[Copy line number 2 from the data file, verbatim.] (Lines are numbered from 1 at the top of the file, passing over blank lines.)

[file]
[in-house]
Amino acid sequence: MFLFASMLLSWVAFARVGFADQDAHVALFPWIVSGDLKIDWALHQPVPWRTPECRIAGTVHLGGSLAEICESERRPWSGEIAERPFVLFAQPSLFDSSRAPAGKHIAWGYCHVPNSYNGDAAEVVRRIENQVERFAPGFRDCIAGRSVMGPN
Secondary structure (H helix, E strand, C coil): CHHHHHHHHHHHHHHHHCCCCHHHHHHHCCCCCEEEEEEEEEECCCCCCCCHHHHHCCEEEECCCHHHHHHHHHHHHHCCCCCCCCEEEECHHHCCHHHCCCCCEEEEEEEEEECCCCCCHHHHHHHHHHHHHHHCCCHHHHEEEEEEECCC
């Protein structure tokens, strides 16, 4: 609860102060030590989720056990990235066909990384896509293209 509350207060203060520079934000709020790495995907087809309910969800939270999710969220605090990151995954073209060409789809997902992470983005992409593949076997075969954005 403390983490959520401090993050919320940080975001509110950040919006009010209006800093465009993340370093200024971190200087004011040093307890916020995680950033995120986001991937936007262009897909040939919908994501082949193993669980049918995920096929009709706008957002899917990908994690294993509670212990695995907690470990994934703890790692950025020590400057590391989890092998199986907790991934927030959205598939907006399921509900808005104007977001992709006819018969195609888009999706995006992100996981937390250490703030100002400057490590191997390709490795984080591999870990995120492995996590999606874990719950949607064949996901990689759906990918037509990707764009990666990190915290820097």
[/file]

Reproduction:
Amino acid sequence: MFLFASMLLSWVAFARVGFADQDAHVALFPWIVSGDLKIDWALHQPVPWRTPECRIAGTVHLGGSLAEICESERRPWSGEIAERPFVLFAQPSLFDSSRAPAGKHIAWGYCHVPNSYNGDAAEVVRRIENQVERFAPGFRDCIAGRSVMGPN